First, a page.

This past weekend, Vietnamese state media carried a short article describing the handover of a new parliament building in Laos, funded and built by the Vietnamese government.
The building in question is the Lao National Assembly House, whose imposing five-story neoclassical edifice is intended to replace the squat modernist parliament building in the capital Vientiane. Built at a whopping cost of $111 million, paid in full by the Vietnamese government, the building will serve as a venue for Laos’s rubber-stamp parliament, and will also serve “a cultural research center.”
Described previously by state media as “a gift of the Vietnamese Party, State, and people,” the parliament building was first pledged by Nguyen Phu Trong, general secretary of the Vietnamese Communist Party (VCP) in November 2016. It then began construction the following year.
While the news was minor, the inauguration of the new parliament building served as a reminder of the proprietary attitude with which Vietnam views its landlocked and sparsely populated western neighbor. The close links between the two nations’ communist parties date back to the years of revolutionary struggle that began after World War II. During the long struggle against the French and Americans, Vietnamese communist troops traversed eastern Laos at will, and played a vital role in the eventual victory of the communist Pathet Lao, which came to power in Laos in December 1975, eight months after the fall of Saigon.
Relations have since remained intimate, anchored in the Vietnam-Laos Treaty of Amity and Cooperation, which was signed after the victorious culmination of the Lao and Vietnamese revolutions in 1976. Indeed, the gift of the new parliament building was announced by Vietnam on the occasion of the 40th anniversary of the signing of the treaty.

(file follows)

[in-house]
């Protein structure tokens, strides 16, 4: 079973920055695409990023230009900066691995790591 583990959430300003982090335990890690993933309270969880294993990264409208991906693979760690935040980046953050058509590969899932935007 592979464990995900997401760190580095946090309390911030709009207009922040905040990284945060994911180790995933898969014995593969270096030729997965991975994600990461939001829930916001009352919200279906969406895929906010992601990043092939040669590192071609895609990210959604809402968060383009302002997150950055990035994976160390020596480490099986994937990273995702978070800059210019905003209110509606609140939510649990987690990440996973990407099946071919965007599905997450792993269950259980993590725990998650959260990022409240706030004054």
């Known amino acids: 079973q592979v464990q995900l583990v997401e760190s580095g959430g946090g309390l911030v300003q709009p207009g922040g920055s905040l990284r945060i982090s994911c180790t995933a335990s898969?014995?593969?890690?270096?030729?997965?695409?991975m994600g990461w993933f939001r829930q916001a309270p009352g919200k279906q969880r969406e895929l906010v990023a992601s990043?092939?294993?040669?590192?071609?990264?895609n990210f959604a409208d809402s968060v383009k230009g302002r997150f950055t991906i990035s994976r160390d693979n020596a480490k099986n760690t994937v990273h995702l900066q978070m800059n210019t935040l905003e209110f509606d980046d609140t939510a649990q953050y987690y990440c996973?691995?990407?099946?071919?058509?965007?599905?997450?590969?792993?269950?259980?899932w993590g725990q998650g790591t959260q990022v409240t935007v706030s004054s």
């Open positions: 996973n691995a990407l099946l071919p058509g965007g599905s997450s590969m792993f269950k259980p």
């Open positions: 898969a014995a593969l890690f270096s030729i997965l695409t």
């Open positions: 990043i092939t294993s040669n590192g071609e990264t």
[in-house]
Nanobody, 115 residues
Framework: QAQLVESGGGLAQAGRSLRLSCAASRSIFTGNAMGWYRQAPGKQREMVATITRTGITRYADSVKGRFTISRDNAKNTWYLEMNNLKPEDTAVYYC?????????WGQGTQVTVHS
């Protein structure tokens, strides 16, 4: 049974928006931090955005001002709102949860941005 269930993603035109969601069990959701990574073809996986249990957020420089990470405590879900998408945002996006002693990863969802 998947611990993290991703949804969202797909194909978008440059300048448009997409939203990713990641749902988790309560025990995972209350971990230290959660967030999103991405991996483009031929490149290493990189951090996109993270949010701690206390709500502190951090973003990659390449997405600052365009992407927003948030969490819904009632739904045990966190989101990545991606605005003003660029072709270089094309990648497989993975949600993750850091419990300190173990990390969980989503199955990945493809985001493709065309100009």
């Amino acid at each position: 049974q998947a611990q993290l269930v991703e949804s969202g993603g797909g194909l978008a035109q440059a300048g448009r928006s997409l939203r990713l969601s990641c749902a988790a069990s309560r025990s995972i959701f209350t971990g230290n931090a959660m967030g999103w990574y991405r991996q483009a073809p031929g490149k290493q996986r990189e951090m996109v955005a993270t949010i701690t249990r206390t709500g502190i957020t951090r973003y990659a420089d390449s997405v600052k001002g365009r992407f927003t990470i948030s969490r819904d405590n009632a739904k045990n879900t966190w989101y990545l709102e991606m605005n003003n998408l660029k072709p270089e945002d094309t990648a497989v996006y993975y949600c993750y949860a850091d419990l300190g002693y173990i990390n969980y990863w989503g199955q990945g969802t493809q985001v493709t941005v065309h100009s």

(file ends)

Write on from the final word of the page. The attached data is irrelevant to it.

The ruling Lao People’s Revolutionary Party has since closely echoed policies put forward by the Vietnamese government, and following a similar line of economic liberalization combined with tight political control.
Since the turn of the century, however, a rising China has gradually begun to pull Laos out of its Vietnamese orbit. Increased overland connectivity with China’s Yunnan province has been accompanied by a surge of Chinese capital and migration into the country, which has begun to alter the physical landscape of Vientiane and the country’s rugged northern provinces.
The Chinese government have donated new government buildings, including the new Lao National Cultural Hall in Vientiane, and increasing numbers of Lao government and Party officials now travel to China, instead of Vietnam, for education and training. Later this year, a new railway from the Chinese border to Vientiane is expected to open, binding the northern half of Laos ever more closely to southern China.
In many ways, Chinese and Vietnamese influence now co-exist in Laos. China is responsible for many of the headline infrastructure developments in the country, but Vietnamese officials continue to enjoy deep connections and considerable influence at provincial and district level, where a lot of power resides in the Lao political system.
But the gift of a $111 million parliament building is an interesting indication of the extent to which the Vietnamese government will go to maintain a favorable balance of influence in Vientiane, and the extent to which Laos has become an arena of competition between the two larger communist powers. As one observer noted this week, “Keeping Laos in Vietnam’s orbit has been a key objective of Hanoi’s security strategy since the 1970s.”
Whether Vietnam will ultimately be able to compete over the longer term, as China and Laos become more integrated economically, remains to be seen. But one thing is certain: as well as being a testament to Vietnam’s strategic goals in Laos, the lavish parliament building suggests that the Lao communist elite has been canny in wringing concessions out of its two communist suitors, largely for its own benefit, and will likely continuing to do so in the years to come.